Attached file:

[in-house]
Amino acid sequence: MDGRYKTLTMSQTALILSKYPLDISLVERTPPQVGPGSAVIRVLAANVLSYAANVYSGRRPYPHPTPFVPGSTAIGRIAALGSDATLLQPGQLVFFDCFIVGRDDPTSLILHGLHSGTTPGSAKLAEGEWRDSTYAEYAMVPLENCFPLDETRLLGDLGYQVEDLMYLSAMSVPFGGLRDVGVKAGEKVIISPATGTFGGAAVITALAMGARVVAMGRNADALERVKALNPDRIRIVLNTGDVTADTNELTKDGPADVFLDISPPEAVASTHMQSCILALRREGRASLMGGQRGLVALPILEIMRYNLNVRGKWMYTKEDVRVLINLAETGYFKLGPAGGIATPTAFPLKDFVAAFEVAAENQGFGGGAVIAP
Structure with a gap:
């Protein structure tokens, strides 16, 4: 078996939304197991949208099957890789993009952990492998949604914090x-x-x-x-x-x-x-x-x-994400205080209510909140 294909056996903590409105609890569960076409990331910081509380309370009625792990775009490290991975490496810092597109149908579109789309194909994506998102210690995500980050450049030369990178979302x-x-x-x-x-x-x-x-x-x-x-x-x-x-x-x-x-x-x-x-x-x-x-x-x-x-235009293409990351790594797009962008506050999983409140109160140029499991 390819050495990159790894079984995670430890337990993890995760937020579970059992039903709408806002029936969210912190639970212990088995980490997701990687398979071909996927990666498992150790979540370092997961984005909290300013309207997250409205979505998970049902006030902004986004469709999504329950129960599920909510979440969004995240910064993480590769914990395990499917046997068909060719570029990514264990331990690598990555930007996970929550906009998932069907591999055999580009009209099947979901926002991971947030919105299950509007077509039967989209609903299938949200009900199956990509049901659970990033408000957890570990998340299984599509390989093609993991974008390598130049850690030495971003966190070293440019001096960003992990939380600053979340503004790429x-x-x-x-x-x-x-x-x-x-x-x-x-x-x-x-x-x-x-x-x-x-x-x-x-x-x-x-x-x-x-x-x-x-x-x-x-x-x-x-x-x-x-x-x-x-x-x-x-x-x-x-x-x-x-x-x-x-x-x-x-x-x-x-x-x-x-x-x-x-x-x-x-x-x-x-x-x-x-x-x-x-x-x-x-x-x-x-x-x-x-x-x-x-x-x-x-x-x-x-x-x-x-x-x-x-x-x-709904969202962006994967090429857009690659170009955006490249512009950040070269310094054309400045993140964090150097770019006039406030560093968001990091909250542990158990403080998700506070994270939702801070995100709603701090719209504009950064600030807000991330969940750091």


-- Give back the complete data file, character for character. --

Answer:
[in-house]
Amino acid sequence: MDGRYKTLTMSQTALILSKYPLDISLVERTPPQVGPGSAVIRVLAANVLSYAANVYSGRRPYPHPTPFVPGSTAIGRIAALGSDATLLQPGQLVFFDCFIVGRDDPTSLILHGLHSGTTPGSAKLAEGEWRDSTYAEYAMVPLENCFPLDETRLLGDLGYQVEDLMYLSAMSVPFGGLRDVGVKAGEKVIISPATGTFGGAAVITALAMGARVVAMGRNADALERVKALNPDRIRIVLNTGDVTADTNELTKDGPADVFLDISPPEAVASTHMQSCILALRREGRASLMGGQRGLVALPILEIMRYNLNVRGKWMYTKEDVRVLINLAETGYFKLGPAGGIATPTAFPLKDFVAAFEVAAENQGFGGGAVIAP
Structure with a gap:
């Protein structure tokens, strides 16, 4: 078996939304197991949208099957890789993009952990492998949604914090x-x-x-x-x-x-x-x-x-994400205080209510909140 294909056996903590409105609890569960076409990331910081509380309370009625792990775009490290991975490496810092597109149908579109789309194909994506998102210690995500980050450049030369990178979302x-x-x-x-x-x-x-x-x-x-x-x-x-x-x-x-x-x-x-x-x-x-x-x-x-x-235009293409990351790594797009962008506050999983409140109160140029499991 390819050495990159790894079984995670430890337990993890995760937020579970059992039903709408806002029936969210912190639970212990088995980490997701990687398979071909996927990666498992150790979540370092997961984005909290300013309207997250409205979505998970049902006030902004986004469709999504329950129960599920909510979440969004995240910064993480590769914990395990499917046997068909060719570029990514264990331990690598990555930007996970929550906009998932069907591999055999580009009209099947979901926002991971947030919105299950509007077509039967989209609903299938949200009900199956990509049901659970990033408000957890570990998340299984599509390989093609993991974008390598130049850690030495971003966190070293440019001096960003992990939380600053979340503004790429x-x-x-x-x-x-x-x-x-x-x-x-x-x-x-x-x-x-x-x-x-x-x-x-x-x-x-x-x-x-x-x-x-x-x-x-x-x-x-x-x-x-x-x-x-x-x-x-x-x-x-x-x-x-x-x-x-x-x-x-x-x-x-x-x-x-x-x-x-x-x-x-x-x-x-x-x-x-x-x-x-x-x-x-x-x-x-x-x-x-x-x-x-x-x-x-x-x-x-x-x-x-x-x-x-x-x-x-709904969202962006994967090429857009690659170009955006490249512009950040070269310094054309400045993140964090150097770019006039406030560093968001990091909250542990158990403080998700506070994270939702801070995100709603701090719209504009950064600030807000991330969940750091």